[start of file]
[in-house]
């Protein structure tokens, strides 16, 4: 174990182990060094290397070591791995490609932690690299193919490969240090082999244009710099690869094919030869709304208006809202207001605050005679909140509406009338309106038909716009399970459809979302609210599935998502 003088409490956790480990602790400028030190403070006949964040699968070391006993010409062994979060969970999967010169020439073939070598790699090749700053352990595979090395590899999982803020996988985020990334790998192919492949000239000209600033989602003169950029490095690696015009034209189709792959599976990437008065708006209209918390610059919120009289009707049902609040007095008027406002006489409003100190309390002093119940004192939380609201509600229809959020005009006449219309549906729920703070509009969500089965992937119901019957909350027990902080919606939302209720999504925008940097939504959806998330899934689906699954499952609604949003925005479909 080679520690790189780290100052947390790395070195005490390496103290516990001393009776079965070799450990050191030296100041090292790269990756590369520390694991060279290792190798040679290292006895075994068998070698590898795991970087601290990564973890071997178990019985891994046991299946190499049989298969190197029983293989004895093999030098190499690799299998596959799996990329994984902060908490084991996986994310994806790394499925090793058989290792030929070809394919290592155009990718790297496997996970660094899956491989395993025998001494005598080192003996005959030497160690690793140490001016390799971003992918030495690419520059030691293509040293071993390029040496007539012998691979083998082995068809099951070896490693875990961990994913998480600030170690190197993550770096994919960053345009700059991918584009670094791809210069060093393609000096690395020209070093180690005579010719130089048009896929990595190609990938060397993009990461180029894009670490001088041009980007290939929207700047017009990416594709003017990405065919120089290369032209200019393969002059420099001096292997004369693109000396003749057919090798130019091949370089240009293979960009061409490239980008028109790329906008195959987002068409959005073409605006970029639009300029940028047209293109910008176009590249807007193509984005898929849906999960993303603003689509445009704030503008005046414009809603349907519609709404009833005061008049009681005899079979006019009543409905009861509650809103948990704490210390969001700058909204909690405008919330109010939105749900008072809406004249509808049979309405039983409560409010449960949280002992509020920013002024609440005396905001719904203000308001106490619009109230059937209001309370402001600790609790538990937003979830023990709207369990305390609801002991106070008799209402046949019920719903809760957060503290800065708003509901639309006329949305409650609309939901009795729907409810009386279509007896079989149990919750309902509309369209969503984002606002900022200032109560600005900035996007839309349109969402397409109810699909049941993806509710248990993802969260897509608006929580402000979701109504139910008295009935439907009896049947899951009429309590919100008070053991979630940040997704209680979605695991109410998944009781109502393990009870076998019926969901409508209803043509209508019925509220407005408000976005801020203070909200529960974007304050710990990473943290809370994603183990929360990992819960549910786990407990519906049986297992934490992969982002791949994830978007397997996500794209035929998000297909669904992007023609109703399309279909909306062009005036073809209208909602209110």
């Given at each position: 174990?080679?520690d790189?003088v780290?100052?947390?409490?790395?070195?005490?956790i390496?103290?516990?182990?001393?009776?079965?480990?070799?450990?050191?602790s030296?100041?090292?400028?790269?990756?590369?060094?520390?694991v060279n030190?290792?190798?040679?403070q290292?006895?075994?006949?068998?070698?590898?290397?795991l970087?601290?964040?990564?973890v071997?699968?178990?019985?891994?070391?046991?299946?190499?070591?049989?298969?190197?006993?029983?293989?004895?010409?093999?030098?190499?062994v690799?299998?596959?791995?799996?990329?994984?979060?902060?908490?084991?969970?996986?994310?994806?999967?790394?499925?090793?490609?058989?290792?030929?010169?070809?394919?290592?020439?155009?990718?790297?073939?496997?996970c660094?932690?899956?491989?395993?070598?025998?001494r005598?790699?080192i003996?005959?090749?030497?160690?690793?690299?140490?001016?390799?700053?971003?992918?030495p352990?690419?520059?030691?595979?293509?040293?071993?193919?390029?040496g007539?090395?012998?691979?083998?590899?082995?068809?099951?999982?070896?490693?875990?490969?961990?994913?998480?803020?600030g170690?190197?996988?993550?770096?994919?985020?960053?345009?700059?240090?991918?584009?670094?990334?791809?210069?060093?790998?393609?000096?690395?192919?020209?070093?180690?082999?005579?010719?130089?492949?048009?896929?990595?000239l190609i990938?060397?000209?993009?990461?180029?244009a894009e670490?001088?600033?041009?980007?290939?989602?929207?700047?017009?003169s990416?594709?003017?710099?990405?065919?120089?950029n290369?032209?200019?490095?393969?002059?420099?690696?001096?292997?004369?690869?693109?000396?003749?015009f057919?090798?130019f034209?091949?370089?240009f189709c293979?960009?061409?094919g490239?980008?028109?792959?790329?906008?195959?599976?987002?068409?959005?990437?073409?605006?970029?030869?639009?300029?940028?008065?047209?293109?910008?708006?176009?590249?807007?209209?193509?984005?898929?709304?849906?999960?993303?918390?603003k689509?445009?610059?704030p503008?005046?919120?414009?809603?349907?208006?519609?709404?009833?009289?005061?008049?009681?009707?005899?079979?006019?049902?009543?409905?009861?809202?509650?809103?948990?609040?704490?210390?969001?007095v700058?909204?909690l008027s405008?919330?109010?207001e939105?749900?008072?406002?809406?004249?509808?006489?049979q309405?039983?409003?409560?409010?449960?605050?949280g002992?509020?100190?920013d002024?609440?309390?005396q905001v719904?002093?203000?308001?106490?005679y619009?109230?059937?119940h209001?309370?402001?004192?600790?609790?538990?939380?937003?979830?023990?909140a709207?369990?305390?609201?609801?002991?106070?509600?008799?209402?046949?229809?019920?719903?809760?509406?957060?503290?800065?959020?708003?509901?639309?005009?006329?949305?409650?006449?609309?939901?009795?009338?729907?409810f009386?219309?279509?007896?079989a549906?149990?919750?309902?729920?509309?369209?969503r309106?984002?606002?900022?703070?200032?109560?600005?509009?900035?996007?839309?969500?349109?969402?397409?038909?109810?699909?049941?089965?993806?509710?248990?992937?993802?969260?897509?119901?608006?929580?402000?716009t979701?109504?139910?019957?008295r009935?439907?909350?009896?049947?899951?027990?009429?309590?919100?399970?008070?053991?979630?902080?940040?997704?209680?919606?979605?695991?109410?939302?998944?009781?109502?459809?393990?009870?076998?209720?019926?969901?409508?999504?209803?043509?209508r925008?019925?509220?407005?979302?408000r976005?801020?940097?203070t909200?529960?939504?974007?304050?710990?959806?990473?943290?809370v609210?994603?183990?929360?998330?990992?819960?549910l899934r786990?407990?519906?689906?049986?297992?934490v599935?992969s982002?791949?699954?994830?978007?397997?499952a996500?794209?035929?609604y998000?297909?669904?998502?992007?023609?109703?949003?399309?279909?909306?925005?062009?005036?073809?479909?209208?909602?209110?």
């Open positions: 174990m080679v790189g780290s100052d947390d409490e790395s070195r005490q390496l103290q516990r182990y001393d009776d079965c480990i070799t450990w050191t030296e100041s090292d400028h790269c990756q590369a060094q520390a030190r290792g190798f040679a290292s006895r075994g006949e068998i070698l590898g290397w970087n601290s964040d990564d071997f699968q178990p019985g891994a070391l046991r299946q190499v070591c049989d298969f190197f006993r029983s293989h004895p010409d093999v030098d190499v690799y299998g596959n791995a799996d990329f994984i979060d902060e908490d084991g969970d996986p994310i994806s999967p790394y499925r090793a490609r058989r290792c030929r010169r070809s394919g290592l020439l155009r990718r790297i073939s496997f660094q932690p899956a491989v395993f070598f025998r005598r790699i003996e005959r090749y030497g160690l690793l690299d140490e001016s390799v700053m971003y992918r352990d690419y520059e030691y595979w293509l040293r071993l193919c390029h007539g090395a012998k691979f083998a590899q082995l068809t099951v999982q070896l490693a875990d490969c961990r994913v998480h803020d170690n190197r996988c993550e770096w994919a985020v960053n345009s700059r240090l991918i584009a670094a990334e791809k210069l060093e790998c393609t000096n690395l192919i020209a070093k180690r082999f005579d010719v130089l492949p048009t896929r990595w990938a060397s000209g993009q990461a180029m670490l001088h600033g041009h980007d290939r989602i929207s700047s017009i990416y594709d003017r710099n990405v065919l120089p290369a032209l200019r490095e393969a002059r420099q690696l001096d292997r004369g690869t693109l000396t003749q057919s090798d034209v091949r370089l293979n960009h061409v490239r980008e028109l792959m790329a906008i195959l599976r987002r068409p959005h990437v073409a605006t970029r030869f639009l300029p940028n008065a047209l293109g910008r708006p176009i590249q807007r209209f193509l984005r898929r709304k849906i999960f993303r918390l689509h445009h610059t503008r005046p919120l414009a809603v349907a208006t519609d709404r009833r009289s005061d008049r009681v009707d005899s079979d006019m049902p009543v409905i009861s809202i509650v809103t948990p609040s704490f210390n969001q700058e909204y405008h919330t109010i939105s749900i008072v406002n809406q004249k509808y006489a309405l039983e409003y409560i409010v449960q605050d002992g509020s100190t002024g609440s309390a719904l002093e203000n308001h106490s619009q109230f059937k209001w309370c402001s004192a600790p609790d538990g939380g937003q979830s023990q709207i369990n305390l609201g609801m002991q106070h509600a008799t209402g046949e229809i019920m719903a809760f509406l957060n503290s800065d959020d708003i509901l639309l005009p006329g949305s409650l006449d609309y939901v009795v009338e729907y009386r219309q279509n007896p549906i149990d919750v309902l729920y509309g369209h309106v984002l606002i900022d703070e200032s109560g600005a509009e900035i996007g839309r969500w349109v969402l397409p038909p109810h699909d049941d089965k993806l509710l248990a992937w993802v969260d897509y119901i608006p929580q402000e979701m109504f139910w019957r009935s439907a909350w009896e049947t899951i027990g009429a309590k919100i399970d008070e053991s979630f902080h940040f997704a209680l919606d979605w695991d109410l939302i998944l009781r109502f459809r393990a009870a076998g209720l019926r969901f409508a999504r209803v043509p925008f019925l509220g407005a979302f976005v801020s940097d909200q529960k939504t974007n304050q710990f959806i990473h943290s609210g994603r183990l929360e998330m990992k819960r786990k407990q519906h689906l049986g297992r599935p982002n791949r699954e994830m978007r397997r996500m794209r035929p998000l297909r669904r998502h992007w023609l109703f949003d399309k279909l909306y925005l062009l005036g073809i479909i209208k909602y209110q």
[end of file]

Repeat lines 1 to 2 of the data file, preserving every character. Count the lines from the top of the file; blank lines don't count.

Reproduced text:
[in-house]
């Protein structure tokens, strides 16, 4: 174990182990060094290397070591791995490609932690690299193919490969240090082999244009710099690869094919030869709304208006809202207001605050005679909140509406009338309106038909716009399970459809979302609210599935998502 003088409490956790480990602790400028030190403070006949964040699968070391006993010409062994979060969970999967010169020439073939070598790699090749700053352990595979090395590899999982803020996988985020990334790998192919492949000239000209600033989602003169950029490095690696015009034209189709792959599976990437008065708006209209918390610059919120009289009707049902609040007095008027406002006489409003100190309390002093119940004192939380609201509600229809959020005009006449219309549906729920703070509009969500089965992937119901019957909350027990902080919606939302209720999504925008940097939504959806998330899934689906699954499952609604949003925005479909 080679520690790189780290100052947390790395070195005490390496103290516990001393009776079965070799450990050191030296100041090292790269990756590369520390694991060279290792190798040679290292006895075994068998070698590898795991970087601290990564973890071997178990019985891994046991299946190499049989298969190197029983293989004895093999030098190499690799299998596959799996990329994984902060908490084991996986994310994806790394499925090793058989290792030929070809394919290592155009990718790297496997996970660094899956491989395993025998001494005598080192003996005959030497160690690793140490001016390799971003992918030495690419520059030691293509040293071993390029040496007539012998691979083998082995068809099951070896490693875990961990994913998480600030170690190197993550770096994919960053345009700059991918584009670094791809210069060093393609000096690395020209070093180690005579010719130089048009896929990595190609990938060397993009990461180029894009670490001088041009980007290939929207700047017009990416594709003017990405065919120089290369032209200019393969002059420099001096292997004369693109000396003749057919090798130019091949370089240009293979960009061409490239980008028109790329906008195959987002068409959005073409605006970029639009300029940028047209293109910008176009590249807007193509984005898929849906999960993303603003689509445009704030503008005046414009809603349907519609709404009833005061008049009681005899079979006019009543409905009861509650809103948990704490210390969001700058909204909690405008919330109010939105749900008072809406004249509808049979309405039983409560409010449960949280002992509020920013002024609440005396905001719904203000308001106490619009109230059937209001309370402001600790609790538990937003979830023990709207369990305390609801002991106070008799209402046949019920719903809760957060503290800065708003509901639309006329949305409650609309939901009795729907409810009386279509007896079989149990919750309902509309369209969503984002606002900022200032109560600005900035996007839309349109969402397409109810699909049941993806509710248990993802969260897509608006929580402000979701109504139910008295009935439907009896049947899951009429309590919100008070053991979630940040997704209680979605695991109410998944009781109502393990009870076998019926969901409508209803043509209508019925509220407005408000976005801020203070909200529960974007304050710990990473943290809370994603183990929360990992819960549910786990407990519906049986297992934490992969982002791949994830978007397997996500794209035929998000297909669904992007023609109703399309279909909306062009005036073809209208909602209110």